As the only uncapped player in the All Blacks' 41-man squad picked for the foundation day tomorrow, Akira Ioane has been tagged a strong favourite to not make the final Rugby World Cup cut when the number is reduced to 31.

It's easy enough to see why many don't think he's properly in the running to make it to Japan.

He has never played a test. He's in a group of 10 loose forwards, nine of whom were ranked ahead of him last year.


The All Blacks took six loose forwards and three locks to the last World Cup and may do so again, although given the way Scott Barrett and Patrick Tuipulotu are playing, it may be four locks and five loose forwards. Whichever way the balance is split, few can see a way it will include Ioane.

But the thing to realise about World Cups is that they come with a unique set of rules and challenges that require the All Blacks to take a different selection approach.

The critical issue is covering for injuries. If a replacement is called in, the injured player originally picked is no longer able to play in the tournament.

The coaches also have to think about game management — how can they win their pool matches, build rhythm and cohesion and not take too much out of key players who may play three knockout games in three weeks.

And also underappreciated is the need to have tactical variation within the squad — individuals with a point of difference.

This is where Ioane comes into his own and far from being a remote possibility to make the squad, he could already be featuring prominently in the coaches' plans, as he is an athlete with the ability to make an impact.

They won't be thinking of him as a starter, but as a 20-30 minute bench player — sent on to get his hands on the ball and do some damage.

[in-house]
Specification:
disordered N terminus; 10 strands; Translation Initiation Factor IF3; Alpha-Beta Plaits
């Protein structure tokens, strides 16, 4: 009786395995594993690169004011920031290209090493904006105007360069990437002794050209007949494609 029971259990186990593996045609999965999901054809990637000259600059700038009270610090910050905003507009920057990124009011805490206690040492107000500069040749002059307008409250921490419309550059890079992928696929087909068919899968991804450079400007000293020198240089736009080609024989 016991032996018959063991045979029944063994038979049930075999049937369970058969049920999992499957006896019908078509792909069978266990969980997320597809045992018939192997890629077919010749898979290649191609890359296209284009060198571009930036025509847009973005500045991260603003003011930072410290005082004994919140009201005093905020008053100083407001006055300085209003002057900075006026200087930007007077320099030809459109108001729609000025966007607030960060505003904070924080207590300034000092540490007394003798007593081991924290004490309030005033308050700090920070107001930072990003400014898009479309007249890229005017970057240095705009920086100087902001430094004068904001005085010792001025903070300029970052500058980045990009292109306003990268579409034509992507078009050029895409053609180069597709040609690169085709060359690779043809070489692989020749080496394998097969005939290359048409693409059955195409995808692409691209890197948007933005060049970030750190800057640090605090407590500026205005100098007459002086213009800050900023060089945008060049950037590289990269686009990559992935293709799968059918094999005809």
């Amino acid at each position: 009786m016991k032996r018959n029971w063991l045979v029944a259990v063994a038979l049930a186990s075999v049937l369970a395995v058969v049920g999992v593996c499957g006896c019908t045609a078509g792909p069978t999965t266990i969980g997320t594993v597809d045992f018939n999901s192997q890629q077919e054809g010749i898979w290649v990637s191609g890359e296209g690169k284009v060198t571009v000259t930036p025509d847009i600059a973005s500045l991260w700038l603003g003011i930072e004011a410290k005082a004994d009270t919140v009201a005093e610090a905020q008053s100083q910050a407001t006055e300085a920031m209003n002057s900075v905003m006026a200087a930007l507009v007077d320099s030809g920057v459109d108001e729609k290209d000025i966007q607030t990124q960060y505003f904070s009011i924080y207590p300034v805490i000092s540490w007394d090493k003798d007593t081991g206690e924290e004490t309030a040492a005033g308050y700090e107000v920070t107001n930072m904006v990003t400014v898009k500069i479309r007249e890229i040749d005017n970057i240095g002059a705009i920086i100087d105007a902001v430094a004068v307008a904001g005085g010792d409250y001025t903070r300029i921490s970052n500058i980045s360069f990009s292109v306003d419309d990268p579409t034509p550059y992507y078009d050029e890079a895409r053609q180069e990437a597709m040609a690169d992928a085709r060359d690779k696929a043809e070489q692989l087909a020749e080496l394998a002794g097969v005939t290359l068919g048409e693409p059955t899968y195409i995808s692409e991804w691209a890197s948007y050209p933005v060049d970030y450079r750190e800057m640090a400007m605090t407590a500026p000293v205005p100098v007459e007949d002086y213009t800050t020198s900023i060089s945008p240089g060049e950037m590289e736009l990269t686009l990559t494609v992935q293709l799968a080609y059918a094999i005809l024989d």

Ioane has shown so far in Super Rugby that he's the most damaging ball-carrying loose forward in the country.


Ioane is not a traditional, corner-flagging No 8. He's not a clone, by any means, of Kieran Read, or offering the same close contact work rate of Luke Whitelock.

But far from being a weakness, that is his key strength — a player with the ability to beat defenders one-on-one if allowed to play wider.

The All Blacks don't need duplication in their World Cup squad. They don't need two No 8s who offer the same skill-sets and strengths. They need a wider mix of skills and strengths.

The All Blacks coaches will have already decided they need to see him play a test before the World Cup to get a feel for whether he can replicate his attacking forays at the higher level.

The All Blacks use their No 6 in the wider channels and regardless of what combination of loose forwards are on the field, if Ioane is playing, he'll be used in that roaming role. That's what will be tempting the selectors — the prospect of Ioane coming off the bench in the last quarter of a knockout game and creating something with his pace and power.

Some critics continue to fret about Ioane's defensive frailties but those concerns are exaggerated.

He has dropped his body position and improved his leg drive, and while he will always be viewed more as an attacking player, he's not a defensive liability.

If Read, Ardie Savea and Sam Cane are considered certainties for the World Cup, it might be Liam Squire, Vaea Fifita, Shannon Frizell and Jackson Hemopo are competing for two places.

The likelihood is the All Blacks will opt to take six loose forwards and will need a first choice blindside and a back-up with the ability to start a test and be a bruising, traditional, intimidating No6.

On form, that would be Frizell and Fifita but the return from injury of Squire could change that order.

But it's unlikely all three will be picked, as there's no value in having so many like-for-like players.

Read, Cane, Savea, Fifita, Squire and Frizell wouldn't be the right mix. It wouldn't leave the All Blacks with enough potential variation on their bench.

It also has to be remembered the All Blacks played all three knockout games in 2015 without a specialist lock on the bench.

They had two loose forwards instead and they will be considering that option again. The prospect of using Savea and Ioane will appeal on the hard, fast tracks in Japan.

That doesn't mean the All Blacks will go down that road, but they do want the option available so that once the tournament is in full swing, they can assess how other teams are playing, how referees are interpreting things and what the right selections will be.

It all comes back to balance and selecting a mix of players who open a greater range of possibilities, and there is no doubt that having Ioane in the 31 creates the prospect of the All Blacks being a harder side for the opposition to gauge.